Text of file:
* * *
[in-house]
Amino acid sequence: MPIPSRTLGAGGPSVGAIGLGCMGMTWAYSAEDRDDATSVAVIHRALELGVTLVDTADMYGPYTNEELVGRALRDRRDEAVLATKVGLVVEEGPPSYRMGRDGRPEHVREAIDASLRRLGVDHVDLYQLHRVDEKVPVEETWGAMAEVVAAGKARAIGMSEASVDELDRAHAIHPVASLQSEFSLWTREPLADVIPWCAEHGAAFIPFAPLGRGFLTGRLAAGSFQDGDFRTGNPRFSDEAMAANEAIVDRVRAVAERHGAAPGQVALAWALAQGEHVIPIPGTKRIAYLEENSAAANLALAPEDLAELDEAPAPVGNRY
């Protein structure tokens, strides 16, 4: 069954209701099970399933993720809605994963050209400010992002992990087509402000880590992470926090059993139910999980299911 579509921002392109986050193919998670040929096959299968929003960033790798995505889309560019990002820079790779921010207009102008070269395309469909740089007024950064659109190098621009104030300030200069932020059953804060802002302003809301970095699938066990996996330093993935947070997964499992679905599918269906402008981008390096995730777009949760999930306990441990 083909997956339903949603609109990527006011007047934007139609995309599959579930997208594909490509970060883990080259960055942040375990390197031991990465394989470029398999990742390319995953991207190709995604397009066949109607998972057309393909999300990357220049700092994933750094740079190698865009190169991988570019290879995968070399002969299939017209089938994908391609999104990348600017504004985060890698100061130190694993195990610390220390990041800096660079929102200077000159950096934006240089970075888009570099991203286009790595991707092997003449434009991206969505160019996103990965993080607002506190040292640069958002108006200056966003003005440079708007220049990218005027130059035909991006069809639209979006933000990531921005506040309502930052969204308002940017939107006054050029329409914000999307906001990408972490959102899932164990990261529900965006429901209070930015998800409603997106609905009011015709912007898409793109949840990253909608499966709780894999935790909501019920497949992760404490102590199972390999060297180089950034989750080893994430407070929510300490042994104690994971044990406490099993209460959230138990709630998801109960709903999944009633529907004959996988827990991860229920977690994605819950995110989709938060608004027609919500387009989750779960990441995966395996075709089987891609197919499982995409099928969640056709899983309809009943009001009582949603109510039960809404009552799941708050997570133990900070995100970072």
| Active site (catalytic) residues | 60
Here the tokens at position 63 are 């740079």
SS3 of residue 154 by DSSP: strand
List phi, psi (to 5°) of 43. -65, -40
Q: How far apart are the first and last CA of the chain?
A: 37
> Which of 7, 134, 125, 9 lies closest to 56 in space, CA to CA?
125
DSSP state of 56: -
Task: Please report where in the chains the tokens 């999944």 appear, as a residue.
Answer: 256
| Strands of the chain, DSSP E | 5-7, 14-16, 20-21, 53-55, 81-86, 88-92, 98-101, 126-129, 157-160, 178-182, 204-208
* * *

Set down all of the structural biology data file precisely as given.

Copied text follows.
[in-house]
Amino acid sequence: MPIPSRTLGAGGPSVGAIGLGCMGMTWAYSAEDRDDATSVAVIHRALELGVTLVDTADMYGPYTNEELVGRALRDRRDEAVLATKVGLVVEEGPPSYRMGRDGRPEHVREAIDASLRRLGVDHVDLYQLHRVDEKVPVEETWGAMAEVVAAGKARAIGMSEASVDELDRAHAIHPVASLQSEFSLWTREPLADVIPWCAEHGAAFIPFAPLGRGFLTGRLAAGSFQDGDFRTGNPRFSDEAMAANEAIVDRVRAVAERHGAAPGQVALAWALAQGEHVIPIPGTKRIAYLEENSAAANLALAPEDLAELDEAPAPVGNRY
């Protein structure tokens, strides 16, 4: 069954209701099970399933993720809605994963050209400010992002992990087509402000880590992470926090059993139910999980299911 579509921002392109986050193919998670040929096959299968929003960033790798995505889309560019990002820079790779921010207009102008070269395309469909740089007024950064659109190098621009104030300030200069932020059953804060802002302003809301970095699938066990996996330093993935947070997964499992679905599918269906402008981008390096995730777009949760999930306990441990 083909997956339903949603609109990527006011007047934007139609995309599959579930997208594909490509970060883990080259960055942040375990390197031991990465394989470029398999990742390319995953991207190709995604397009066949109607998972057309393909999300990357220049700092994933750094740079190698865009190169991988570019290879995968070399002969299939017209089938994908391609999104990348600017504004985060890698100061130190694993195990610390220390990041800096660079929102200077000159950096934006240089970075888009570099991203286009790595991707092997003449434009991206969505160019996103990965993080607002506190040292640069958002108006200056966003003005440079708007220049990218005027130059035909991006069809639209979006933000990531921005506040309502930052969204308002940017939107006054050029329409914000999307906001990408972490959102899932164990990261529900965006429901209070930015998800409603997106609905009011015709912007898409793109949840990253909608499966709780894999935790909501019920497949992760404490102590199972390999060297180089950034989750080893994430407070929510300490042994104690994971044990406490099993209460959230138990709630998801109960709903999944009633529907004959996988827990991860229920977690994605819950995110989709938060608004027609919500387009989750779960990441995966395996075709089987891609197919499982995409099928969640056709899983309809009943009001009582949603109510039960809404009552799941708050997570133990900070995100970072």
| Active site (catalytic) residues | 60
Here the tokens at position 63 are 């740079």
SS3 of residue 154 by DSSP: strand
List phi, psi (to 5°) of 43. -65, -40
Q: How far apart are the first and last CA of the chain?
A: 37
> Which of 7, 134, 125, 9 lies closest to 56 in space, CA to CA?
125
DSSP state of 56: -
Task: Please report where in the chains the tokens 């999944």 appear, as a residue.
Answer: 256
| Strands of the chain, DSSP E | 5-7, 14-16, 20-21, 53-55, 81-86, 88-92, 98-101, 126-129, 157-160, 178-182, 204-208